Attempting to provide some balm, Michele mentioned how this was unlikely to really impact career prospects and that many employers admired the resilience of students who have honed their skills and dealt with exceptional circumstances. Whilst this was nice to hear I am unsure about the extent to which binging Netflix and Tik Tok addictions will make our generation a dream to employ. Let’s not even mention prospects for the jobs market itself
At a time when the government is flexing the full weight of its power with lockdown laws and strict policing, hearing about the so-called autonomy of universities is not only disheartening but greatly confusing. But maybe it shouldn’t surprise us.
Increasingly, universities operate on an incentive to make profit. They are now more focused on these goals than those of providing quality higher education. Their privatised nature is contradictory and the pandemic highlights this. Outside of a crisis, they will decry government intervention and seek to make money but then, come the crisis and despite the millions they absorb, they urgently need government assistance. This sentiment is reflected in many industries and companies. It reveals just how precarious our ‘liberal’ and ‘free’ economy is.
Whilst my scepticism towards the government is still intact after this meeting, I do have a newfound understanding of the dilemma they are currently in when it comes to the state of universities and the pandemic. The weak rubber teeth approach and the lack of any solid ideology or planning for higher education has left it fumbling and fragile. This is not solely because of our current morally bankrupt government but is the product of a continued ignorance about higher education in politics.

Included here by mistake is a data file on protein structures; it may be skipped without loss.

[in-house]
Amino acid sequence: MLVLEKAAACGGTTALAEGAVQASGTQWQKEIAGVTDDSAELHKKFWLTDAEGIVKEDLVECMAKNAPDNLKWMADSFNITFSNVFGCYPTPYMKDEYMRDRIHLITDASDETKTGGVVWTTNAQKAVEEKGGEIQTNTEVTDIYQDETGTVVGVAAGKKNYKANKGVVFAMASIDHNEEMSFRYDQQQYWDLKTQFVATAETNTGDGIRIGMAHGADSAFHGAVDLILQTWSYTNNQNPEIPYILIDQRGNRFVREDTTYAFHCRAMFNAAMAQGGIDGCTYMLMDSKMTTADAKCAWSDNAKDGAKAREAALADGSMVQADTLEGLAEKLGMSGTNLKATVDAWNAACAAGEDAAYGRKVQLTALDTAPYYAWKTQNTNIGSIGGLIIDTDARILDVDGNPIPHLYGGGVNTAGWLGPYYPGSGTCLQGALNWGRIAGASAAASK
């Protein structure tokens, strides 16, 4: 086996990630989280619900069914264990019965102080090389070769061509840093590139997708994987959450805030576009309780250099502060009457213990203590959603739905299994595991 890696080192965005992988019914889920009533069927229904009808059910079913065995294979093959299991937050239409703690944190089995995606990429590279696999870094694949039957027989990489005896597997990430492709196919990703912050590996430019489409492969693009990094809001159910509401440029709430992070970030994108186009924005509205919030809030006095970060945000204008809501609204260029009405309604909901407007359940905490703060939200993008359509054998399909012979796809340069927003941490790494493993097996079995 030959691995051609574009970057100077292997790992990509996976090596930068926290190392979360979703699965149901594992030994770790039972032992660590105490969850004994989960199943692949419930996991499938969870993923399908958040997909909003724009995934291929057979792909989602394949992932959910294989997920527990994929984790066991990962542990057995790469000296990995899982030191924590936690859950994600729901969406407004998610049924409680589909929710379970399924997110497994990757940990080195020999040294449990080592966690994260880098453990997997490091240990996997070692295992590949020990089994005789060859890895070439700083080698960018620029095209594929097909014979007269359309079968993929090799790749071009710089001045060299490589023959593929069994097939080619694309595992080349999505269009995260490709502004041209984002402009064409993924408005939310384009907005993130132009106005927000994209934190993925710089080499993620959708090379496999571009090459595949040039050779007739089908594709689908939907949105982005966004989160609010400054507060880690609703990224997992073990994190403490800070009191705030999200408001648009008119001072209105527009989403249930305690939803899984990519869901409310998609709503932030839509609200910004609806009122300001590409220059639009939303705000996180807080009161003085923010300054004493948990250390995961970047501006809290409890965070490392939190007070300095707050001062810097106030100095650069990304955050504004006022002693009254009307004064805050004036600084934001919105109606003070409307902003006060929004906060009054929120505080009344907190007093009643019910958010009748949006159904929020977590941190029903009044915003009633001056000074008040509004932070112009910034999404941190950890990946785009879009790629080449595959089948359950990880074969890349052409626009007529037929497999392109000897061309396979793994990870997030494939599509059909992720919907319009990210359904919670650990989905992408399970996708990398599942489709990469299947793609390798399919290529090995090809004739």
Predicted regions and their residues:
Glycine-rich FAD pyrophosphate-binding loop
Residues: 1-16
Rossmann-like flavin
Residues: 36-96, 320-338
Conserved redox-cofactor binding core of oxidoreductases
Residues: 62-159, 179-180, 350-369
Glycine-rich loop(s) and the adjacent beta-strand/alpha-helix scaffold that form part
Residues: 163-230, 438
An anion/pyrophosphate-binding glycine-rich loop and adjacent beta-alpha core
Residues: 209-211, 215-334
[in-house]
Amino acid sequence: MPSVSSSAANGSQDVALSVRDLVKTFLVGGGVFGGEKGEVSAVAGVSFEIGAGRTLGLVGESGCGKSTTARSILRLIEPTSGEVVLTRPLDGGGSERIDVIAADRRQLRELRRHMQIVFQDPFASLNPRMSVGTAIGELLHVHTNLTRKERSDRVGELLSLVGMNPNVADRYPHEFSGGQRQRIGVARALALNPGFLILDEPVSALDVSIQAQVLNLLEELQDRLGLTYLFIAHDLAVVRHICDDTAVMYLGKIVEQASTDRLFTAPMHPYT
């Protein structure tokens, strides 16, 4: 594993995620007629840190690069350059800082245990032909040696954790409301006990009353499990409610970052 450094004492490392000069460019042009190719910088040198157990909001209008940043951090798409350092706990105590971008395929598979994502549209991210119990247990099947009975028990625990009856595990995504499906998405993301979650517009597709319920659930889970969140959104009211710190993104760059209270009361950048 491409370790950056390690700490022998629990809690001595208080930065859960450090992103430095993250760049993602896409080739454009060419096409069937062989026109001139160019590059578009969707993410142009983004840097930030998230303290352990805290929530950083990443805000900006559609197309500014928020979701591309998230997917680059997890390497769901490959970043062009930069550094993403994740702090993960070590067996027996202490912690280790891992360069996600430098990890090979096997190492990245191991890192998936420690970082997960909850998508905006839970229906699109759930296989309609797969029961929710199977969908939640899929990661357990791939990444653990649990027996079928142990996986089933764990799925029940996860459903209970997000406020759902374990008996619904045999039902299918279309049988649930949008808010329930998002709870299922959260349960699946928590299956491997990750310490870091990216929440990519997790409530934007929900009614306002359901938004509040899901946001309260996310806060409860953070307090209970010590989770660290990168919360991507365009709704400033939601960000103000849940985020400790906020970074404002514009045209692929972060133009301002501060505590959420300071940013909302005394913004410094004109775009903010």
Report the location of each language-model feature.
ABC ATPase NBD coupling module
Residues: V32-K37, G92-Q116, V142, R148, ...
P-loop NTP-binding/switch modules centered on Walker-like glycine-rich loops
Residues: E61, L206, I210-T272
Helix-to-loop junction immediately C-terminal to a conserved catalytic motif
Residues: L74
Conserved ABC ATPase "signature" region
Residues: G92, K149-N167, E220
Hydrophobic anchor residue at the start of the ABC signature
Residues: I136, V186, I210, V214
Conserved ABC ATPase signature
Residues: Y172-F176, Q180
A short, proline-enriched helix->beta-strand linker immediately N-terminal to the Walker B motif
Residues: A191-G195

I left the meeting largely disappointed but unsurprised.
Whilst we are certainly not second-class citizens, we are immensely undervalued, and this will come to bite the government back. We are the capital of the future and the government would do well to realise that. High rates of competition, notably in the future against Asian universities will place immense pressure on the UK to retain its status as a power in the world of higher education. Currently, this is lacking. My meeting with the Universities Minister did not make me any more optimistic about the future of higher education in the UK. A future which was already compromised but whose stagnation has only been catalysed by the pandemic.
At the end of the day emailing your MP certainly won’t be able to effect radical political change. But if you do it enough you might get something out of it and be able to see for yourself those who are ‘managing’ our future.
Photo source - Flickr (Number 10)